If you have been holding your breath over the state of our nation, there is hope. I have the evidence. You can exhale. Take a deep, refreshing breath. Feel your shoulders drop and the tense lines around your mouth and eyes relax, soften.
There is hope! And it’s coming from Bryan County, Georgia.
We can come together for the common good. It can be done.
In fact, it was done. Last week in Pembroke and Richmond Hill. The Democrats and the Republicans actually got together, cooperated in mutual respect and partnership, and delivered, for the good of the people, two forums for the non-partisan elections in Richmond Hill and Pembroke.
News flash: The Democrats are not evil and the Republicans do not have horns. They both want their cities and this nation to flourish.
Karen Hewitt, Chair of the Bryan County Republican Party, said, “I was honored to be a part of the first time that the Republicans and Democrats of Bryan County have come together for the good of the county… We might differ in our ideas but both sides want the best for this county and want it to prosper.”
Patricia Hewitt, Chair of the Bryan County Democratic Committee, (Note the irony in the surnames; they are not related), said, “Our civic leaders are navigating unprecedented change in our cities. Now, more than ever, it is critical that voters make informed decisions about their elected officials. We should not rely on social media echo chambers to inform our voting choices.”
Supported by each municipality as well as the Richmond Hill/Bryan County Chamber of Commerce, these forums provided attendees access to those who aspire to leadership.
The Bryan County News Associate Editor Andrea Gutierrez introduced and moderated the events.( She is the soon to be Editor, upon current Editor Jeff Whitten’s imminent retirement. Here, I cannot restrain myself: Thank you, Jeff, for the faithful work you have done in service to our community and to the work integral to a strong democracy: good, fair journalism. You have given us the ever-rarer privilege of having a truly independent local newspaper.)
Yes, the press was present, with coverage by The Bryan County News, WTOC and WJCL, as well as being live-streamed by the City of Pembroke and on the Facebook page of the Richmond Hill/Bryan County Chamber of Commerce. I hope they highlighted the really big news: that the Republicans and the Democrats had joined together and that both evenings were marked by a spirit of community. Dare I say, unity?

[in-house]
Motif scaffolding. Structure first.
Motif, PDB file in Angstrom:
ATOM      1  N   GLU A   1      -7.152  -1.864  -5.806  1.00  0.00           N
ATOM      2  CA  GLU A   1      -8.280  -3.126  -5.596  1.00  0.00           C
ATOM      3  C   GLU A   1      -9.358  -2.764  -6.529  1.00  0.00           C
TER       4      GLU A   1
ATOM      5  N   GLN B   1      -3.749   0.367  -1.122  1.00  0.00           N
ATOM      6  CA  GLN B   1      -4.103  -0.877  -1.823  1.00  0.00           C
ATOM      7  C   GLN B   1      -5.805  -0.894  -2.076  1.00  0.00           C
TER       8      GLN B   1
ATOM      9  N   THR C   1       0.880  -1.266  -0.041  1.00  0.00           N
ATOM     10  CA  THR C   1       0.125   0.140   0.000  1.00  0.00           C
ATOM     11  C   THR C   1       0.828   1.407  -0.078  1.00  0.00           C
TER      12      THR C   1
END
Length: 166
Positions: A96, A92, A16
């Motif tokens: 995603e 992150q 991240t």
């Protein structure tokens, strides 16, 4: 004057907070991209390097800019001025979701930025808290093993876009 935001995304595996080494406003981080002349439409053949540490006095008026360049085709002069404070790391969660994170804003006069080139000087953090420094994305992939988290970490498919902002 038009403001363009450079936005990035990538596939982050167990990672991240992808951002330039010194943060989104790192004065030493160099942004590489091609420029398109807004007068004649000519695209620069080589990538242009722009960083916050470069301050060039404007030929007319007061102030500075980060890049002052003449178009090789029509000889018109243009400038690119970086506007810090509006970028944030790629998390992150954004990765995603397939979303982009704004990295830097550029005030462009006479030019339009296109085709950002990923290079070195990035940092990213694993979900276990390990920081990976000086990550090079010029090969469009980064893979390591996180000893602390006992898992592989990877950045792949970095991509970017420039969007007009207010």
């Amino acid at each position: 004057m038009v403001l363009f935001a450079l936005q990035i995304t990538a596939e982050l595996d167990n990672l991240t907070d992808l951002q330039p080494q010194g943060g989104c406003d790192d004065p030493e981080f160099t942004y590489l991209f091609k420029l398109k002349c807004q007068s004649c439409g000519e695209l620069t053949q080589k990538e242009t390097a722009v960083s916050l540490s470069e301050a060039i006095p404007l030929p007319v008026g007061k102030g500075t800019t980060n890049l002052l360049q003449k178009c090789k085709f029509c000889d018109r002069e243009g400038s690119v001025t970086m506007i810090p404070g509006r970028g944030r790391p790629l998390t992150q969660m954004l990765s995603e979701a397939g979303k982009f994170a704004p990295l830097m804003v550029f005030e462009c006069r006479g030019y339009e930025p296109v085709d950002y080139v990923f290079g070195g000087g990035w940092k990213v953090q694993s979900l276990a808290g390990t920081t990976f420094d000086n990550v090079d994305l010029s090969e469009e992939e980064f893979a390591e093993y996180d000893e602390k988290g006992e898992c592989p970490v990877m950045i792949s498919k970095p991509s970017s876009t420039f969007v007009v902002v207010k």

Democrat Patricia Hewitt noted, “ These candidate forums were designed to give citizens direct access to candidates’ opinions, plans, and qualifications to hold office.”
Republican Karen Hewitt agreed. “We both tried to make this very much a non-partisan forum and I think that we accomplished that. “
It seems to me that when our passions are not inflamed, nay, infected, by national politics and divisions exploited by hyped-up wedge issues specifically designed to divide us, that if we in Bryan County are not outliers, totally atypical, most of us want to get along with our neighbors, help when others are in need, and desire many of the same things for our communities. We agree on the issues, if not want to do about them. That is another matter for civil discourse.
The topics both parties agreed they wanted addressed by the candidates were: the impact of growth, the value of our coastal environment, the role of small business, and the qualifications of the candidates.
The final question of the night linked qualifications of the candidates with evidence of their proven ability to bring people together: “How has your experience prepared you to lead your community through this unprecedented, dynamic growth? Please provide specific examples of how you have successfully brought people together for a united cause.”
The recognition by both Democrats and Republicans is that one’s ability to unite people is a defining characteristic of the qualification to hold public office. This shared value lights a torch of hope for us all.
Karen Hewitt concluded, “Our object was to get the residents of Pembroke and Richmond Hill to meet all of the candidates so that they could make informed decisions about who will be managing the individual cities. I think we succeeded.”
If the Republican and Democrats can come together for the benefit of the people of Pembroke and Richmond Hill, Georgia, I say it can be done anywhere. Should be done everywhere.
Every country, every state, every Thanksgiving table. Even in the United States Congress. For the good of the America we love —and the America we want to be: One nation, under God, with. . . . you know the rest. It is our pledge.
Editor’s note: Rena Patton is a Richmond Hill resident and a local writer who taught English for a living.